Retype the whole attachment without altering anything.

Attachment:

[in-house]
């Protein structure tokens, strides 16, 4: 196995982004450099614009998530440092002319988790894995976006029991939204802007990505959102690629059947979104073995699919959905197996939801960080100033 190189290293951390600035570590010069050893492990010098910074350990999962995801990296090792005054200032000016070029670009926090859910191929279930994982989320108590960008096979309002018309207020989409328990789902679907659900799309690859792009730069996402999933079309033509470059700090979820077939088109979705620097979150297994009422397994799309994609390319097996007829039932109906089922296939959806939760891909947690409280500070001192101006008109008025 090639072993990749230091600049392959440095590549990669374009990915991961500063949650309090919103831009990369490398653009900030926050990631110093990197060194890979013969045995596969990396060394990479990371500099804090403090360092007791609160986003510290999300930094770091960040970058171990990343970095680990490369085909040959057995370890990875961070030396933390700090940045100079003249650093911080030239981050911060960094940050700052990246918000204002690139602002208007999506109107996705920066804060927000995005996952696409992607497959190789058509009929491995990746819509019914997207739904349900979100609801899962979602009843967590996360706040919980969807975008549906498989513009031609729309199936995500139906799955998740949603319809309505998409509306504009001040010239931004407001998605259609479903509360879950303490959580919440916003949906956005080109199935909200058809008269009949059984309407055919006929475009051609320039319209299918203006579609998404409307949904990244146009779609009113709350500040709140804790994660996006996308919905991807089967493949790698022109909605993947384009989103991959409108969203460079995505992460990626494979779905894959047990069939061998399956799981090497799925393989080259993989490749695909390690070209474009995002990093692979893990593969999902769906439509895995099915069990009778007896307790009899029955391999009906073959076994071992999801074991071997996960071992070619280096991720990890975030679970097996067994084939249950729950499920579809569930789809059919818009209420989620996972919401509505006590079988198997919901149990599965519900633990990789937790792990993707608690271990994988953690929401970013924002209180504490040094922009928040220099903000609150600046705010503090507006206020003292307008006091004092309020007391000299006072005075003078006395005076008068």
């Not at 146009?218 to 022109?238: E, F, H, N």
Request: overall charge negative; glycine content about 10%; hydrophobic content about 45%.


[in-house]
């Protein structure tokens, strides 16, 4: 196995982004450099614009998530440092002319988790894995976006029991939204802007990505959102690629059947979104073995699919959905197996939801960080100033 190189290293951390600035570590010069050893492990010098910074350990999962995801990296090792005054200032000016070029670009926090859910191929279930994982989320108590960008096979309002018309207020989409328990789902679907659900799309690859792009730069996402999933079309033509470059700090979820077939088109979705620097979150297994009422397994799309994609390319097996007829039932109906089922296939959806939760891909947690409280500070001192101006008109008025 090639072993990749230091600049392959440095590549990669374009990915991961500063949650309090919103831009990369490398653009900030926050990631110093990197060194890979013969045995596969990396060394990479990371500099804090403090360092007791609160986003510290999300930094770091960040970058171990990343970095680990490369085909040959057995370890990875961070030396933390700090940045100079003249650093911080030239981050911060960094940050700052990246918000204002690139602002208007999506109107996705920066804060927000995005996952696409992607497959190789058509009929491995990746819509019914997207739904349900979100609801899962979602009843967590996360706040919980969807975008549906498989513009031609729309199936995500139906799955998740949603319809309505998409509306504009001040010239931004407001998605259609479903509360879950303490959580919440916003949906956005080109199935909200058809008269009949059984309407055919006929475009051609320039319209299918203006579609998404409307949904990244146009779609009113709350500040709140804790994660996006996308919905991807089967493949790698022109909605993947384009989103991959409108969203460079995505992460990626494979779905894959047990069939061998399956799981090497799925393989080259993989490749695909390690070209474009995002990093692979893990593969999902769906439509895995099915069990009778007896307790009899029955391999009906073959076994071992999801074991071997996960071992070619280096991720990890975030679970097996067994084939249950729950499920579809569930789809059919818009209420989620996972919401509505006590079988198997919901149990599965519900633990990789937790792990993707608690271990994988953690929401970013924002209180504490040094922009928040220099903000609150600046705010503090507006206020003292307008006091004092309020007391000299006072005075003078006395005076008068």
């Not at 146009?218 to 022109?238: E, F, H, N």
Request: overall charge negative; glycine content about 10%; hydrophobic content about 45%.